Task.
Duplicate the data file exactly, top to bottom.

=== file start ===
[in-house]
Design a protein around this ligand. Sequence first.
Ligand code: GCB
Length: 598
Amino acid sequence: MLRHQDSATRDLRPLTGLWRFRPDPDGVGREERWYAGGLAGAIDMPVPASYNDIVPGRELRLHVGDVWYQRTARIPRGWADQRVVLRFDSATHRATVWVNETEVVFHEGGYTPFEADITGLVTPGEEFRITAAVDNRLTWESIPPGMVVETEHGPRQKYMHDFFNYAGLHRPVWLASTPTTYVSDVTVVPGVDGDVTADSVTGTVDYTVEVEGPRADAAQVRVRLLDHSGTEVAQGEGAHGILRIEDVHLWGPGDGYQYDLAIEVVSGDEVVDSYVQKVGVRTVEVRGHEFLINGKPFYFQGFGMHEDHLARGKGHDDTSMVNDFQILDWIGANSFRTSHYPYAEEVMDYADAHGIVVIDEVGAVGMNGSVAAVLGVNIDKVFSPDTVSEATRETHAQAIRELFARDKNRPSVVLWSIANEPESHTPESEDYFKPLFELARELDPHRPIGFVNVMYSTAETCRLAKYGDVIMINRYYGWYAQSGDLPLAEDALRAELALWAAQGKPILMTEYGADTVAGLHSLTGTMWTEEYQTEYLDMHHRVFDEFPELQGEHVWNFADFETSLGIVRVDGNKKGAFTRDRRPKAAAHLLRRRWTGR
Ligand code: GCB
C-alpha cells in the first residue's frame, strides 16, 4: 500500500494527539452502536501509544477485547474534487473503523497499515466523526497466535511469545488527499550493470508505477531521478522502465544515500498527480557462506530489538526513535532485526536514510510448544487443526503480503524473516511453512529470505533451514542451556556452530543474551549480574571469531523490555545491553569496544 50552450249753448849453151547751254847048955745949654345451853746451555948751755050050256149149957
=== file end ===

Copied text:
[in-house]
Design a protein around this ligand. Sequence first.
Ligand code: GCB
Length: 598
Amino acid sequence: MLRHQDSATRDLRPLTGLWRFRPDPDGVGREERWYAGGLAGAIDMPVPASYNDIVPGRELRLHVGDVWYQRTARIPRGWADQRVVLRFDSATHRATVWVNETEVVFHEGGYTPFEADITGLVTPGEEFRITAAVDNRLTWESIPPGMVVETEHGPRQKYMHDFFNYAGLHRPVWLASTPTTYVSDVTVVPGVDGDVTADSVTGTVDYTVEVEGPRADAAQVRVRLLDHSGTEVAQGEGAHGILRIEDVHLWGPGDGYQYDLAIEVVSGDEVVDSYVQKVGVRTVEVRGHEFLINGKPFYFQGFGMHEDHLARGKGHDDTSMVNDFQILDWIGANSFRTSHYPYAEEVMDYADAHGIVVIDEVGAVGMNGSVAAVLGVNIDKVFSPDTVSEATRETHAQAIRELFARDKNRPSVVLWSIANEPESHTPESEDYFKPLFELARELDPHRPIGFVNVMYSTAETCRLAKYGDVIMINRYYGWYAQSGDLPLAEDALRAELALWAAQGKPILMTEYGADTVAGLHSLTGTMWTEEYQTEYLDMHHRVFDEFPELQGEHVWNFADFETSLGIVRVDGNKKGAFTRDRRPKAAAHLLRRRWTGR
Ligand code: GCB
C-alpha cells in the first residue's frame, strides 16, 4: 500500500494527539452502536501509544477485547474534487473503523497499515466523526497466535511469545488527499550493470508505477531521478522502465544515500498527480557462506530489538526513535532485526536514510510448544487443526503480503524473516511453512529470505533451514542451556556452530543474551549480574571469531523490555545491553569496544 50552450249753448849453151547751254847048955745949654345451853746451555948751755050050256149149957